Screen Printing - August/September 2012 - (Page 6)
new p r o d uc t s
Screenmaking System for Water-Based and Discharge Inks
Kiwo (www. kiwo.com) says it now offers an economical, three-component screenmaking system that saves time and money and maximizes performance Kiwo and workflow. Kiwocol 300 WR is a high-solids emulsion that’s formulated for water resistance, quick buildup, and support for high-resolution printing. Blockout WR is a water-resistant blockout used to touch up pinholes and block out screens. According to Kiwo, using Blockout WR helps to get screens into production faster by eliminating the need to use emulsion for touching up screens—a process that requires an additional round of exposure. Hardener WR is a stencil-hardening fluid that’s designed to enhance a stencil’s water resistance. Kiwo says stencils made with Hardener WR remain completely reclaimable.
says can accommodate two regular-size T-shirts across the conveyor belt. The dryer has an infrared/convection drying system that can cure up to 400-500 shirts/hr. Users can add 3 ft (0.9 m) of in-feed or out-feed with an optional extension that facilitates loading and unloading during peak periods. Powerhouse 5208 features a flash phase-cure booster that’s engineered to speed production by raising garment and ink temperatures more quickly. In addition, heated air recovery draws preheated air from beneath the dryer’s belt and returns it to the oven area. Other features include adjustable oven doors, a removable oven hood, and four-point belt tracking.
Mutoh America’s (www.mutoh.com) 4-l ink-pack adapter that accommodates four 1000-ml Eco-Ultra ink bags (CMYK). The Eco-Ultra ink bags are compatible with the ValueJet 1324, 1624, and 1638 printers. According to Mutoh, adapter users will see an increased cost savings in just a few uses, with up to a 27% savings, depending on cartridge size. Mutoh also notes that minimal material use and increased capacity of the 1-l bags, compared to smaller cartridges, means less materials used and, as a result, a more environmentally friendly working environment.
Digital Add-On for Screen Presses Wide-Format UV Inkjet Printer
EFI (www.efi.com) calls its VUTEk HS100 a high-speed digital imaging system that represents a true replacement for analog equipment with the productivity of screen printing and image quality that approached offset. The 10.5-ft (3.2-printer features EFI’s Pin & Cure imaging technology, driven by the Orion OS platform, which is engineered to deliver precise ink lay-down for critical color accuracy and consistency, gloss control, and an increased color gamut. The VUTEk HS100 Pro supports print speeds up to 100 boards/hr and comes with true grayscale printhead technology and up to eight colors, including white and special colors.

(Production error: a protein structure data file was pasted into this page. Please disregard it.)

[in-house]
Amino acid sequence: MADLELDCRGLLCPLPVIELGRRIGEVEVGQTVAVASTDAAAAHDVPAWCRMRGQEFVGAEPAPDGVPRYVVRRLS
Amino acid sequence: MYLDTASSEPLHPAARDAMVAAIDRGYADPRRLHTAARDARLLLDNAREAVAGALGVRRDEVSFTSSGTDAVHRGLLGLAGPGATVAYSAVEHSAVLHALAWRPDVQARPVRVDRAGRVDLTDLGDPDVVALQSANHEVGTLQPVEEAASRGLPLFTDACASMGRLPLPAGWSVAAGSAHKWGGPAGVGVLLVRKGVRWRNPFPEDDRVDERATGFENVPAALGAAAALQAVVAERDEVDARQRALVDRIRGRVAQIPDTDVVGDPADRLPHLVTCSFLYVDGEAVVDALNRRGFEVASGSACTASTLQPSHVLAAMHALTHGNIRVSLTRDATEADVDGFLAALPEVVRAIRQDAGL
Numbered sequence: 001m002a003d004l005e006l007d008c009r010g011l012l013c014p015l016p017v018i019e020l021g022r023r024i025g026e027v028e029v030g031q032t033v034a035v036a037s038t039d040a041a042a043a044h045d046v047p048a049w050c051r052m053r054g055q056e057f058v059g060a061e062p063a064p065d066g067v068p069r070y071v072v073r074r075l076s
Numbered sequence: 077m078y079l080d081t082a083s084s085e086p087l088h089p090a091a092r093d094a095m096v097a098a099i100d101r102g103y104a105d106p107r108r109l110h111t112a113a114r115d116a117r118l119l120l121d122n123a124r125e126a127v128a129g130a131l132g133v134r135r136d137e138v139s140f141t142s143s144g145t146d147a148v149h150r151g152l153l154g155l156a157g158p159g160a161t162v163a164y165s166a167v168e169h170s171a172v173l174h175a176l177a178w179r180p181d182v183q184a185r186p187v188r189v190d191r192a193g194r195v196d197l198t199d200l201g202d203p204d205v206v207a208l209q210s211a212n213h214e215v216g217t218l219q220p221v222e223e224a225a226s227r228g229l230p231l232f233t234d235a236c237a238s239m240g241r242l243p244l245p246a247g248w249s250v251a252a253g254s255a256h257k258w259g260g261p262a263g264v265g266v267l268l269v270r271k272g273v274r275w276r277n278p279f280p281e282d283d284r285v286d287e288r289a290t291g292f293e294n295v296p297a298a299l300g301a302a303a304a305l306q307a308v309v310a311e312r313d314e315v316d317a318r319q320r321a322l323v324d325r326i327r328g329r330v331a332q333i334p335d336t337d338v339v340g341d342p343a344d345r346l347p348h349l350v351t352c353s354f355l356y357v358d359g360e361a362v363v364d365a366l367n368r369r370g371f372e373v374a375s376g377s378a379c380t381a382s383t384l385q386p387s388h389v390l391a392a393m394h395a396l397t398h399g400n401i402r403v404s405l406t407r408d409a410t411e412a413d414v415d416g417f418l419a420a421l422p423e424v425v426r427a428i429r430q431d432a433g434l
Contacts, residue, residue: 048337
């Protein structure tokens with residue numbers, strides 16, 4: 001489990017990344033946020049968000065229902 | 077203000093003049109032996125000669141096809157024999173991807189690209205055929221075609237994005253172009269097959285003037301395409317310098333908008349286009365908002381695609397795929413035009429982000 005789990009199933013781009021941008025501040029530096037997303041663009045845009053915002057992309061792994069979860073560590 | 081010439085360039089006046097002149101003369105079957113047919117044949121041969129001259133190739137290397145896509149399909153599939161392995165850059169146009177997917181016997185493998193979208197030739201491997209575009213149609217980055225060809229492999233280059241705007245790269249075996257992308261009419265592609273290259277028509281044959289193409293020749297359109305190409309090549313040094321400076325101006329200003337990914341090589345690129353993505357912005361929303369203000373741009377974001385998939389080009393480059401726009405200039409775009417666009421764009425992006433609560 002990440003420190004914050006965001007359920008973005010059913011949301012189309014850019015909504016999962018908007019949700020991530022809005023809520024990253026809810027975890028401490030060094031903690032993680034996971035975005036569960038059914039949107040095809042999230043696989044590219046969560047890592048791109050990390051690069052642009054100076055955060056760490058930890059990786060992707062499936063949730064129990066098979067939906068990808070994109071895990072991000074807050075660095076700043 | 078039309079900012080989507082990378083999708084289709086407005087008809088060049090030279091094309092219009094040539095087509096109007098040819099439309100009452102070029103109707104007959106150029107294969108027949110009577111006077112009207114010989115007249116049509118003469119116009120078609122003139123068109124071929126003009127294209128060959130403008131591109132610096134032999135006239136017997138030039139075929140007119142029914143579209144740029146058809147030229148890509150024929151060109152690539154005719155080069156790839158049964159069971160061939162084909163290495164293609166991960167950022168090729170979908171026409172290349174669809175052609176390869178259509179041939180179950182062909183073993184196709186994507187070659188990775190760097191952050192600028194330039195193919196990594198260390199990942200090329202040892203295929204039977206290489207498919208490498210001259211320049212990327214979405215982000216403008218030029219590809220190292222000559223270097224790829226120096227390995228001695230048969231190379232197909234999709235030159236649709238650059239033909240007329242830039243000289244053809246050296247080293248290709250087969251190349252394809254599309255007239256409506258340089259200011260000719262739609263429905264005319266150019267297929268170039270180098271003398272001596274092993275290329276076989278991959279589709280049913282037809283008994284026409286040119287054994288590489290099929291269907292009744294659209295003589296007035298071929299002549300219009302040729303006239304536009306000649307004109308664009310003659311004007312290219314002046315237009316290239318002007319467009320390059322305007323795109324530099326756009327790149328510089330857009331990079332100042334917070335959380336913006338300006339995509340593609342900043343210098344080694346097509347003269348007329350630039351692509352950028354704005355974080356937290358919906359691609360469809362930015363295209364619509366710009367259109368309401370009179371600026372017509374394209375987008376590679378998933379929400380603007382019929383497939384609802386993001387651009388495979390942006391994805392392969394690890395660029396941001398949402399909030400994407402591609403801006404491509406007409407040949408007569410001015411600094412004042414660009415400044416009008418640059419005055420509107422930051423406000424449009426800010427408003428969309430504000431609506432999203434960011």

Workhorse (www.workhorseproducts.com) bills its new Powerhouse 5208 as a great solution for a manual garment-printing shop that wants to add an automatic or a second manual press to the production floor. The garment dryer is 8 ft (2.4 m) long and 52 in. (1321 mm) wide, a size that Workhorse
Kornit (www.kornit-digital.com) recently introduced the Paradigm Printer, a digital add-on solution for manual and automatic carousel screen presses. According to Kornit, Paradigm is capable of handling a large variety of textile applications, variable data, four-color process, spot combinations, and more. The unit is equipped with Spectra Polaris printheads. It uses pigmented solvent or water-based ink, supports a maximum image size of 16 x 20 in. (406 x 508 mm), and images at resolutions up to 630 dpi. Compatible substrates include cotton, cotton-polyester blends, lycra, viscose, silk, leather, denim, and more. Paradigm can also be operated as a standalone digital printer for short runs.
Table of Contents for the Digital Edition of Screen Printing - August/September 2012
Screen Printing - August/September 2012
Strategies for Navigating the Regulatory Maze
New or Used?
Thin Is In
Performance Equals Profits
A Look at Dye-Sub Printing for Garments
US & Canadian Directory
Screen Printing - August/September 2012